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Religious liberty group hails Biden admin.'s move not to appeal ruling against trans mandate

Joe Biden
President Joe Biden |

A religious liberty law firm is declaring victory after the Biden administration failed to appeal a court decision blocking a federal mandate requiring medical facilities and staff to perform body mutilating gender transition surgeries, despite religious objections.

Luke Goodrich of Becket Law took to Twitter Monday to announce that the administration had not filed an appeal with the United States Supreme Court regarding an earlier decision from the U.S. Court of Appeals for the Fifth Circuit blocking the mandate.

“The Biden admin.’s transgender mandate — requiring doctors and hospitals to perform gender transitions against conscience and best medical judgment — has been struck down. And the admin. has declined to appeal to #SCOTUS — meaning this win is FINAL,” Goodrich tweeted.

“The medical professionals that challenged the mandate happily serve all patients, regardless of sex or gender identity. But they can’t perform these procedures, which are widely disputed in the medical community.”

Goodrich went on to note that while the decision “was a successful step in the fight to protect doctors’ conscience rights,” litigation “continues in the Eighth Circuit, where we expect a ruling soon.”

In 2016, the Obama administration implemented a regulation via Section 1557 of the Affordable Care Act that required healthcare providers to perform so-called gender transition procedures, including on minors, despite medical employees' religious objections.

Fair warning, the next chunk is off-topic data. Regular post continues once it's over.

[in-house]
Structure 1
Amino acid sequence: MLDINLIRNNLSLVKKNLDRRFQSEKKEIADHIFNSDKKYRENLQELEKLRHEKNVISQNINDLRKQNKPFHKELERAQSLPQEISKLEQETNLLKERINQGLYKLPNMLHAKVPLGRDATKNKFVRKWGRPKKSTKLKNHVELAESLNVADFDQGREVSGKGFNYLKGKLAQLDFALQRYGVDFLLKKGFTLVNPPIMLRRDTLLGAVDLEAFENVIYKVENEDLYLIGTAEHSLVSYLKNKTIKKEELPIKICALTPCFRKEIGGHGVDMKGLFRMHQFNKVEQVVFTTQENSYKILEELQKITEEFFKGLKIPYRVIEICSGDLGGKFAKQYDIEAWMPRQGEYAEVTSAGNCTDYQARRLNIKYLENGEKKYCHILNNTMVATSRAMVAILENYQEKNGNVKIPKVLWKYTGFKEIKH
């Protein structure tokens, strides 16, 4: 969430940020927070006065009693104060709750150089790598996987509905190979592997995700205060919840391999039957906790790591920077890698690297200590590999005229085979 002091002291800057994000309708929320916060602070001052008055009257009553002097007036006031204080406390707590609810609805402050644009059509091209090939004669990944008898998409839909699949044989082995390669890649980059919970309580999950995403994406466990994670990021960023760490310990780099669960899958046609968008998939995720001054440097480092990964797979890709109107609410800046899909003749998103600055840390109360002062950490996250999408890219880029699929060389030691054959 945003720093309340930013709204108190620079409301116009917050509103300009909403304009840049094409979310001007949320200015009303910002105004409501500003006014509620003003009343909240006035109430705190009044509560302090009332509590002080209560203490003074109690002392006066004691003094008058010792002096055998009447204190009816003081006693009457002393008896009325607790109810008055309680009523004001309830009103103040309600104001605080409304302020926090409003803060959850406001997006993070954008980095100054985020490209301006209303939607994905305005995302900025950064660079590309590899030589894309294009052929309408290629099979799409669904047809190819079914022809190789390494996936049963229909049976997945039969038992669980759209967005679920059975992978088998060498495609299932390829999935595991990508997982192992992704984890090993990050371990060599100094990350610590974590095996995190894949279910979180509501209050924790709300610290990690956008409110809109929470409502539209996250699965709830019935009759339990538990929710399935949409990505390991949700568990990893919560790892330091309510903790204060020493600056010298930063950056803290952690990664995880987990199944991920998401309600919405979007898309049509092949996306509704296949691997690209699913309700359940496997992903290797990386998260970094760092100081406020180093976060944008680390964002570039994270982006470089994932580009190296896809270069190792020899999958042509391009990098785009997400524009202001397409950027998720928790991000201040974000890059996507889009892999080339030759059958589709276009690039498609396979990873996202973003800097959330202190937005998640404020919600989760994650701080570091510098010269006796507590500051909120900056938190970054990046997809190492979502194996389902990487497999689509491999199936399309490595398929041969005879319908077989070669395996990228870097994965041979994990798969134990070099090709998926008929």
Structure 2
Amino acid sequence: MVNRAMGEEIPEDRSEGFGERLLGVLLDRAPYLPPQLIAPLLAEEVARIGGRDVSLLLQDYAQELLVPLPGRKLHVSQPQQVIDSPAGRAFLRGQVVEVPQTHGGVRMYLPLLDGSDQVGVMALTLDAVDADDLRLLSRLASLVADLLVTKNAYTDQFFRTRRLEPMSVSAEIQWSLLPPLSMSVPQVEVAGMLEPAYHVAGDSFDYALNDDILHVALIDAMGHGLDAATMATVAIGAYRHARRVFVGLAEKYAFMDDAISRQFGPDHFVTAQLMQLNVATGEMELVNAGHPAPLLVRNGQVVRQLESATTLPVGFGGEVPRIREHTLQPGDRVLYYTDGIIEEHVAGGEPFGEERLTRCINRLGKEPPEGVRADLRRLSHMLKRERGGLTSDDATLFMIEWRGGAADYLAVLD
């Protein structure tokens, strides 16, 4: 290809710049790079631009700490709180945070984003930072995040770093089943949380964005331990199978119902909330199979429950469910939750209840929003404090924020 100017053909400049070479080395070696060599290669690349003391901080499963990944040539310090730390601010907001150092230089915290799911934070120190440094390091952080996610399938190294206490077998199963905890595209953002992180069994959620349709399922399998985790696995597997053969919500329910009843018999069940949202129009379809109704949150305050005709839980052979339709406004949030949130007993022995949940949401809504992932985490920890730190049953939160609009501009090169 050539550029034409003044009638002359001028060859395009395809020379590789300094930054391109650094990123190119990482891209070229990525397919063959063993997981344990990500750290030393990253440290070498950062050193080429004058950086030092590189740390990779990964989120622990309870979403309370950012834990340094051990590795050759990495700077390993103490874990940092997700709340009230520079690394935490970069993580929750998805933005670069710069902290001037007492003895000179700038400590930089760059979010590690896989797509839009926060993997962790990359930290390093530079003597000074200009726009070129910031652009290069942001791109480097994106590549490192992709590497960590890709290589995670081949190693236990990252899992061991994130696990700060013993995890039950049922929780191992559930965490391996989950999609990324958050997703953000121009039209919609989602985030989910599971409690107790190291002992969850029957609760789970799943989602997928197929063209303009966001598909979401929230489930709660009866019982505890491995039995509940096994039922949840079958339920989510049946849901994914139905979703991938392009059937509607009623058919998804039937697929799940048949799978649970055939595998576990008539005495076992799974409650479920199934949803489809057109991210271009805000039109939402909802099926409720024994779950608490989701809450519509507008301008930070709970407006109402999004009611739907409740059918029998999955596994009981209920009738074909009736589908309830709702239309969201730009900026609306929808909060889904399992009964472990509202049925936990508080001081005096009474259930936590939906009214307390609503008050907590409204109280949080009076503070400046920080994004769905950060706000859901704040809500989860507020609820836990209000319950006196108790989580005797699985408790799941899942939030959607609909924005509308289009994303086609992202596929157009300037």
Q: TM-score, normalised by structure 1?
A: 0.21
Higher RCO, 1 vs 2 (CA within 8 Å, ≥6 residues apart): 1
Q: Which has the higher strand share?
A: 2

The Obama administration interpreted the federal ban on sex discrimination to include sexual orientation and gender identity, even though neither term is found in official civil rights law.

Although former President Donald Trump moved to repeal the 2016 rule, some courts restored parts of the mandate, and President Joe Biden revived the rule upon taking office.

The Biden administration justified its actions by citing the 2020 Supreme Court decision Bostock v. Clayton County, which concluded sex discrimination protections in Title VII of the Civil Rights Act of 1964 applied to sexual orientation and gender identity.

“The statute’s message for our cases is equally simple and momentous: An individual’s homosexuality or transgender status is not relevant to employment decisions,” wrote Justice Neil Gorsuch for the majority.

“That’s because it is impossible to discriminate against a person for being homosexual or transgender without discriminating against that individual based on sex.”

However, Gorsuch acknowledged in the majority opinion that claims under the Religious Freedom Restoration Act “might supersede Title VII’s commands in appropriate cases.”

The Obama-era rule has been the subject of much litigation from religious groups and others, including the case of Franciscan Alliance, Inc. et al. v. Xavier Becerra.

In August, a Fifth Circuit three-judge panel released a unanimous decision in favor of the Franciscan Alliance, upholding a lower court’s permanent injunction against the mandate.

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